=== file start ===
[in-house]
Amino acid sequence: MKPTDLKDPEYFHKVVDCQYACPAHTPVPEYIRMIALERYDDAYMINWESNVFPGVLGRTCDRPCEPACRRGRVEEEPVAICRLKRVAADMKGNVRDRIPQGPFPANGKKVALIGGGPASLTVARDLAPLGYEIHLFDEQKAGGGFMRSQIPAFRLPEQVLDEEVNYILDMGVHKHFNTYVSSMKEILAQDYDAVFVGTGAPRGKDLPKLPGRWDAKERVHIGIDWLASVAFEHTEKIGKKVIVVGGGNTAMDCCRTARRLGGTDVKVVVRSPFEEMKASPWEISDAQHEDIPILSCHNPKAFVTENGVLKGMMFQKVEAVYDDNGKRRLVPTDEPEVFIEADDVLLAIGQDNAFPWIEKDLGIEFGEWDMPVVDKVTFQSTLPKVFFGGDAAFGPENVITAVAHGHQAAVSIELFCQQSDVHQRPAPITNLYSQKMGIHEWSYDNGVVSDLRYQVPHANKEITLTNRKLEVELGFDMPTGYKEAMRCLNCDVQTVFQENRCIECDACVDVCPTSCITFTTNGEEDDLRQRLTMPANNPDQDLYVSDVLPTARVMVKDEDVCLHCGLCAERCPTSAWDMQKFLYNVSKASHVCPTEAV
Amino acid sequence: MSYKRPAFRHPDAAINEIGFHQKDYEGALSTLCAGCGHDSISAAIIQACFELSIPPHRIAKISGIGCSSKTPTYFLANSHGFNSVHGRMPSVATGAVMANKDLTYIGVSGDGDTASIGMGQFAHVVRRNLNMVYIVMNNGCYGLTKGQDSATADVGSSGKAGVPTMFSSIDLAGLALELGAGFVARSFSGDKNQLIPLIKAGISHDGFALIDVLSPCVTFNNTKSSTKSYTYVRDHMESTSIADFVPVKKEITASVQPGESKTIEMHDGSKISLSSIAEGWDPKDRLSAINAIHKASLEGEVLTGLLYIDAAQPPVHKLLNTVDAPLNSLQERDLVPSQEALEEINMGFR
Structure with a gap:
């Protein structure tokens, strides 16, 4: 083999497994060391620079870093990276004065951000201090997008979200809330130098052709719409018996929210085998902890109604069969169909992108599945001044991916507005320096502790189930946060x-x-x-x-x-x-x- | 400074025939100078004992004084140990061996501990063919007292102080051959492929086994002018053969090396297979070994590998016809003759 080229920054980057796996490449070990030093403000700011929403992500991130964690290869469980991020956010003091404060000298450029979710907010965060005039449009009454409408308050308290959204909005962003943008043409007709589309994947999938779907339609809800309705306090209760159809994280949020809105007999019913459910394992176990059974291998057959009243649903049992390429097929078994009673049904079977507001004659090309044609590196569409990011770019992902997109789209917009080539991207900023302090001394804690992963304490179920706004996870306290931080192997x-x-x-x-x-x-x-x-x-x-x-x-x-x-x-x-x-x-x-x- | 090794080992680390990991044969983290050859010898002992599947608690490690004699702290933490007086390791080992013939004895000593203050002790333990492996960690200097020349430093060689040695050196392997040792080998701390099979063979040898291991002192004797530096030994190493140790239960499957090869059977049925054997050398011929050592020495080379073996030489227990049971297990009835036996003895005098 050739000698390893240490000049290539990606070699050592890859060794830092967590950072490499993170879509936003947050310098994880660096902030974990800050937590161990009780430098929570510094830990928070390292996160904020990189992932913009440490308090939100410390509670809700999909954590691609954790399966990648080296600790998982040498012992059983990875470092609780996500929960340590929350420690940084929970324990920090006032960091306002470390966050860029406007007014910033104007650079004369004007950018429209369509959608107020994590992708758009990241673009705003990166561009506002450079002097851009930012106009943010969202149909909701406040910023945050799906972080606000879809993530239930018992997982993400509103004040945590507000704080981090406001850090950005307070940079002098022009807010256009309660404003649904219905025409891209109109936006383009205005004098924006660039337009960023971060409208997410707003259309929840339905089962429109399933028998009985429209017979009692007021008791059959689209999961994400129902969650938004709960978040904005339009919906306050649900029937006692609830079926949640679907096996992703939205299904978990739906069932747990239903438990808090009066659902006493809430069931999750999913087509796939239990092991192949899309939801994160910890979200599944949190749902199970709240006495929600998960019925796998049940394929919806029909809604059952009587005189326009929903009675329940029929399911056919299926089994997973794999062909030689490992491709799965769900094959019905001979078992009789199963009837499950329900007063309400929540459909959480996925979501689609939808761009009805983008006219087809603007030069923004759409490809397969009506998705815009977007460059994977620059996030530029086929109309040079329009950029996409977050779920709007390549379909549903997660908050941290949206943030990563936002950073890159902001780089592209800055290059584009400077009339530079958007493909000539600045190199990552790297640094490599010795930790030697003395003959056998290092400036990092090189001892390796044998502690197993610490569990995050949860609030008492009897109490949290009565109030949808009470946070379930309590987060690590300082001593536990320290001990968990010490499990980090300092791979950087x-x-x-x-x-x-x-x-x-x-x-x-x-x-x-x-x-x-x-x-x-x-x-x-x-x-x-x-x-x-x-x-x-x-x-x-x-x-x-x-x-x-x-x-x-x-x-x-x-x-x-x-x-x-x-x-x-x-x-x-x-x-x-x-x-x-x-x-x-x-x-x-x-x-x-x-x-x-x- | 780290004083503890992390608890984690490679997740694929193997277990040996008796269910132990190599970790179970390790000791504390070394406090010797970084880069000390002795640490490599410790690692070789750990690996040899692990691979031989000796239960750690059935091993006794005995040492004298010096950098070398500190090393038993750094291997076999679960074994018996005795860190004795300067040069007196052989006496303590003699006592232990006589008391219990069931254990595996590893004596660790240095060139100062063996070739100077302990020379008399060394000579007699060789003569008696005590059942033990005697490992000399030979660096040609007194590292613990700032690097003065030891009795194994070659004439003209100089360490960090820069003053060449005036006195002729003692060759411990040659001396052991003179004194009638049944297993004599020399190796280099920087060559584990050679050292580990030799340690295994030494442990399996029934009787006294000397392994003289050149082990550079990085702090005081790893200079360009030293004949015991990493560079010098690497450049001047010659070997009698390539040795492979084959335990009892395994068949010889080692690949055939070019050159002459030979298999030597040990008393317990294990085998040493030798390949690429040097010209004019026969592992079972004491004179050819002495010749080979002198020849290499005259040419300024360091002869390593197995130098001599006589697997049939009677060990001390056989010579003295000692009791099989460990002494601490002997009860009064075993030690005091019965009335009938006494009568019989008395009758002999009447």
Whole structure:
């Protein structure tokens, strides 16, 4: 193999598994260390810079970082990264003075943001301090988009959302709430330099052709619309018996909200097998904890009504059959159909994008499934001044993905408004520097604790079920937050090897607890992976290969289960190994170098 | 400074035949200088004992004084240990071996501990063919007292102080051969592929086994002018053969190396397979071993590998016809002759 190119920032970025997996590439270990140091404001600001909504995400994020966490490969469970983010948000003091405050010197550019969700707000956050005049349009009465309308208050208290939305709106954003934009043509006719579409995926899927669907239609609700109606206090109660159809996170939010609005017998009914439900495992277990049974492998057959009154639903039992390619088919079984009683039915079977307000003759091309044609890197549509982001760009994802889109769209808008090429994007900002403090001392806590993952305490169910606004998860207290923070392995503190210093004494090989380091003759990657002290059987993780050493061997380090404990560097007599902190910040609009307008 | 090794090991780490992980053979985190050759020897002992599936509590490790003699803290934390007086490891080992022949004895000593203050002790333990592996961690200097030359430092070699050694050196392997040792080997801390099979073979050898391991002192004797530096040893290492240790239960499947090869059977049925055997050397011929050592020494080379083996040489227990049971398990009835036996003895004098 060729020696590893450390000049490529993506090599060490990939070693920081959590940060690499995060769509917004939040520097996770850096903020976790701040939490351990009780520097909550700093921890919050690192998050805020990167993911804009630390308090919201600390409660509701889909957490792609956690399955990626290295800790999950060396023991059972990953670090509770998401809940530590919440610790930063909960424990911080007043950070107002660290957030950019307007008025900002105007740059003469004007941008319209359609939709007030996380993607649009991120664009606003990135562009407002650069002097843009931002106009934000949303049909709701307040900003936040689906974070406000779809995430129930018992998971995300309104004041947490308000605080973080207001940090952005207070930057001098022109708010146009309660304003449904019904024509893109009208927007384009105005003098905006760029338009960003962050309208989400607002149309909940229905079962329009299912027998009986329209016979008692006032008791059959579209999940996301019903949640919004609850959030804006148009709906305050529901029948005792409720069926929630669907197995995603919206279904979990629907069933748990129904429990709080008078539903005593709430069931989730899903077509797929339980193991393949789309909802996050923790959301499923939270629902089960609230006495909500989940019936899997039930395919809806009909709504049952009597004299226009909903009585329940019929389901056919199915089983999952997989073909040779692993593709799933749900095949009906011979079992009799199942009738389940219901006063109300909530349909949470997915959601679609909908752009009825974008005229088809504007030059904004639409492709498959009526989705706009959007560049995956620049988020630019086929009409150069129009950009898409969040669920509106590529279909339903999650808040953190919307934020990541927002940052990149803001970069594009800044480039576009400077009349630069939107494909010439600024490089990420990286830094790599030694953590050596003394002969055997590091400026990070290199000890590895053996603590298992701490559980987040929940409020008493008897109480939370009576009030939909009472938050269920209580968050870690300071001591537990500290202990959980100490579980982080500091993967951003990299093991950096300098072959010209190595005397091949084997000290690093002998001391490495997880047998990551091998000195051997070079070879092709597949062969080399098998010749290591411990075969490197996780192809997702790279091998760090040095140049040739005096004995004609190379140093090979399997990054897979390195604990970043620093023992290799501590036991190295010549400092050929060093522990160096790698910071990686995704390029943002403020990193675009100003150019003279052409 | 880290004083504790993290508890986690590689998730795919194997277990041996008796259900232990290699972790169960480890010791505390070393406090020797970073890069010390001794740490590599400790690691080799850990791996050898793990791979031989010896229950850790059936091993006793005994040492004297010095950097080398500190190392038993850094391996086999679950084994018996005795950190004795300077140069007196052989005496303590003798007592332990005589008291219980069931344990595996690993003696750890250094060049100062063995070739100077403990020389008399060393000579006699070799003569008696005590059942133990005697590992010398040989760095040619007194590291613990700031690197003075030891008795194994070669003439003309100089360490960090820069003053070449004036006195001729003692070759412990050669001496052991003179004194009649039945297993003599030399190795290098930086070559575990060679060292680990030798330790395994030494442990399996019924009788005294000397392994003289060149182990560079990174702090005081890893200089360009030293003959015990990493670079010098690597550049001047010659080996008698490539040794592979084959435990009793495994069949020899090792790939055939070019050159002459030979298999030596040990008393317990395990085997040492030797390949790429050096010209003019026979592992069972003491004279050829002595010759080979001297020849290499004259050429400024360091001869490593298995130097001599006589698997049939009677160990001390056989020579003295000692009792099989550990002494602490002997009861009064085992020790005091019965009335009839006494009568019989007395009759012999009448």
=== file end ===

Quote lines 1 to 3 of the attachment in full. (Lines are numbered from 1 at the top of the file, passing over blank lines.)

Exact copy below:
[in-house]
Amino acid sequence: MKPTDLKDPEYFHKVVDCQYACPAHTPVPEYIRMIALERYDDAYMINWESNVFPGVLGRTCDRPCEPACRRGRVEEEPVAICRLKRVAADMKGNVRDRIPQGPFPANGKKVALIGGGPASLTVARDLAPLGYEIHLFDEQKAGGGFMRSQIPAFRLPEQVLDEEVNYILDMGVHKHFNTYVSSMKEILAQDYDAVFVGTGAPRGKDLPKLPGRWDAKERVHIGIDWLASVAFEHTEKIGKKVIVVGGGNTAMDCCRTARRLGGTDVKVVVRSPFEEMKASPWEISDAQHEDIPILSCHNPKAFVTENGVLKGMMFQKVEAVYDDNGKRRLVPTDEPEVFIEADDVLLAIGQDNAFPWIEKDLGIEFGEWDMPVVDKVTFQSTLPKVFFGGDAAFGPENVITAVAHGHQAAVSIELFCQQSDVHQRPAPITNLYSQKMGIHEWSYDNGVVSDLRYQVPHANKEITLTNRKLEVELGFDMPTGYKEAMRCLNCDVQTVFQENRCIECDACVDVCPTSCITFTTNGEEDDLRQRLTMPANNPDQDLYVSDVLPTARVMVKDEDVCLHCGLCAERCPTSAWDMQKFLYNVSKASHVCPTEAV
Amino acid sequence: MSYKRPAFRHPDAAINEIGFHQKDYEGALSTLCAGCGHDSISAAIIQACFELSIPPHRIAKISGIGCSSKTPTYFLANSHGFNSVHGRMPSVATGAVMANKDLTYIGVSGDGDTASIGMGQFAHVVRRNLNMVYIVMNNGCYGLTKGQDSATADVGSSGKAGVPTMFSSIDLAGLALELGAGFVARSFSGDKNQLIPLIKAGISHDGFALIDVLSPCVTFNNTKSSTKSYTYVRDHMESTSIADFVPVKKEITASVQPGESKTIEMHDGSKISLSSIAEGWDPKDRLSAINAIHKASLEGEVLTGLLYIDAAQPPVHKLLNTVDAPLNSLQERDLVPSQEALEEINMGFR